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Mythbusting: What is a Midwife?

Sep 19 2018
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When it comes to health care, women have more options than ever before—including who provides that care. One role that is commonly misunderstood? The midwife.

For many, the term “midwife” invokes an outdated stereotype of an untrained labor coach who helps women deliver babies at home. While that was the case many years ago, the midwife profession has evolved over time.

Midwives: fact versus myth

“Probably the most common myth is that we only deliver babies, when in fact we offer a full scope of care from adolescence through menopause,” said Donna Augustine, a Certified Nurse Midwife with Mercy Health.

That scope includes maternity care and labor support, along with well-woman visits, family planning, physical exams, preventative care, and diagnosis and treatment of female health issues. Midwives can also prescribe medication and order tests within their scope of practice.

Highly-trained providers

In order to provide such a wide scope of care, midwives must complete advanced training.

“They have to meet requirements and pass a national certification examination that is overseen by the American Midwifery Certification Board,” explained Augustine. “Midwives are also licensed as an advanced practice provider with their state boards of nursing.”

How midwives help deliver babies

While maternity care and labor support are key services for midwives, some have misconceptions about what those services entail. Many believe that midwives only deliver babies at home. Some also think mothers aren’t allowed to receive pain medication or an epidural when working with a midwife.

The facts are quite different. Most mothers who work with midwives give birth in a hospital and have access to both traditional and alternative forms of pain management.

“Each birth plan is customized based on the individual patient and what she wants out of the birth experience,” Augustine said. “We strive to support the body’s natural, normal processes during childbirth, but we recognize that medical intervention is sometimes necessary for the health and safety of mother and baby.”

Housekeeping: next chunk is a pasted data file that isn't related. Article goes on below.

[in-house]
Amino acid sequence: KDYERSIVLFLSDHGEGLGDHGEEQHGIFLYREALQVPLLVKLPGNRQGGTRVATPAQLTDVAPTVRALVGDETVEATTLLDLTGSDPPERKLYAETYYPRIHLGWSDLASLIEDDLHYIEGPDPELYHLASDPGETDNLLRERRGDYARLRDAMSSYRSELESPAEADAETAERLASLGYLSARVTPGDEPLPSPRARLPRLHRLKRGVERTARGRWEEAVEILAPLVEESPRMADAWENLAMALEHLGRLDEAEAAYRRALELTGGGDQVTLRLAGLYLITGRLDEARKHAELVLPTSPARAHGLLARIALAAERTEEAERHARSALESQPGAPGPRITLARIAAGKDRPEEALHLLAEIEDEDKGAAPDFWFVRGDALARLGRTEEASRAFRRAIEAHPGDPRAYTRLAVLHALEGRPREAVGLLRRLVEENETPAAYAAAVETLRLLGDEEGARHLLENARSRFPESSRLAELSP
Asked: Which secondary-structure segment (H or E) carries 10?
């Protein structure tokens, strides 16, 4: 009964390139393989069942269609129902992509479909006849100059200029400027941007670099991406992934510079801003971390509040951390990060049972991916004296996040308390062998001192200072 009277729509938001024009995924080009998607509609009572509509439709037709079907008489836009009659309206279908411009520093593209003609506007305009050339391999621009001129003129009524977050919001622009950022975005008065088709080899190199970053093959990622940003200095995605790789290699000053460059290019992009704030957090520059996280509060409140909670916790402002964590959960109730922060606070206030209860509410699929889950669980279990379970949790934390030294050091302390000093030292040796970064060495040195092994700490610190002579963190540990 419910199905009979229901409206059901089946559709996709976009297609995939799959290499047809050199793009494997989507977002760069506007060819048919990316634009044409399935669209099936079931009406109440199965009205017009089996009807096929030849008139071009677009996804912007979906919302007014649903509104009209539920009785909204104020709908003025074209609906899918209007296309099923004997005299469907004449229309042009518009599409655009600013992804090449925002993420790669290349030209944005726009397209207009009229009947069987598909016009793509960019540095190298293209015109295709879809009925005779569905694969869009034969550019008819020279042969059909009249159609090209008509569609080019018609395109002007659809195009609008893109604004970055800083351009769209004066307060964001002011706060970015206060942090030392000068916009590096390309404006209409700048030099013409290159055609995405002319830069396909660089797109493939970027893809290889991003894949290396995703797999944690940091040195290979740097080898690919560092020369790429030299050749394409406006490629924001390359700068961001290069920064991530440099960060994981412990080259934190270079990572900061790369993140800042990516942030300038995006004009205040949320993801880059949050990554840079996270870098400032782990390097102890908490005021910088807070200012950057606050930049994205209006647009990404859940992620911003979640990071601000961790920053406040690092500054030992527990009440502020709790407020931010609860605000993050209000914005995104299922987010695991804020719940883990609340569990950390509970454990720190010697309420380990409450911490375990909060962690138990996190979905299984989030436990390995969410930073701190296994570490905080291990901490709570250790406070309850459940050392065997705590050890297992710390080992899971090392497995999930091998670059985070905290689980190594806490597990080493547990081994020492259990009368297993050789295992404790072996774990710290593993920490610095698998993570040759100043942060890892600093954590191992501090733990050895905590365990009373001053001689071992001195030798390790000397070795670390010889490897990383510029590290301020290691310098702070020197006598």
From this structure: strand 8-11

Midwifery care has been endorsed by the American College of Obstetricians and Gynecologists as a safe option for women. In fact, statistics show that the addition of midwifery care has improved maternal and fetal outcomes in the United States.

“Studies show that midwifery patients experience a lower rate of Cesarean sections, episiotomies, infections and babies requiring resuscitation,” Augustine said.

Empowered care

With more options for care providers than ever before, why are women choosing to work with midwives? Augustine believes it’s because patients want to play an active role in their health.

“Midwives approach women’s health as a partnership. We provide patients with resources, knowledge and education so they can make informed decisions,” Augustine said. “It provides a personalized experience where patients feel empowered to make healthy choices in all aspects of life.”

If you’re interested in learning more, visit mercy.com to find a midwife near you today.


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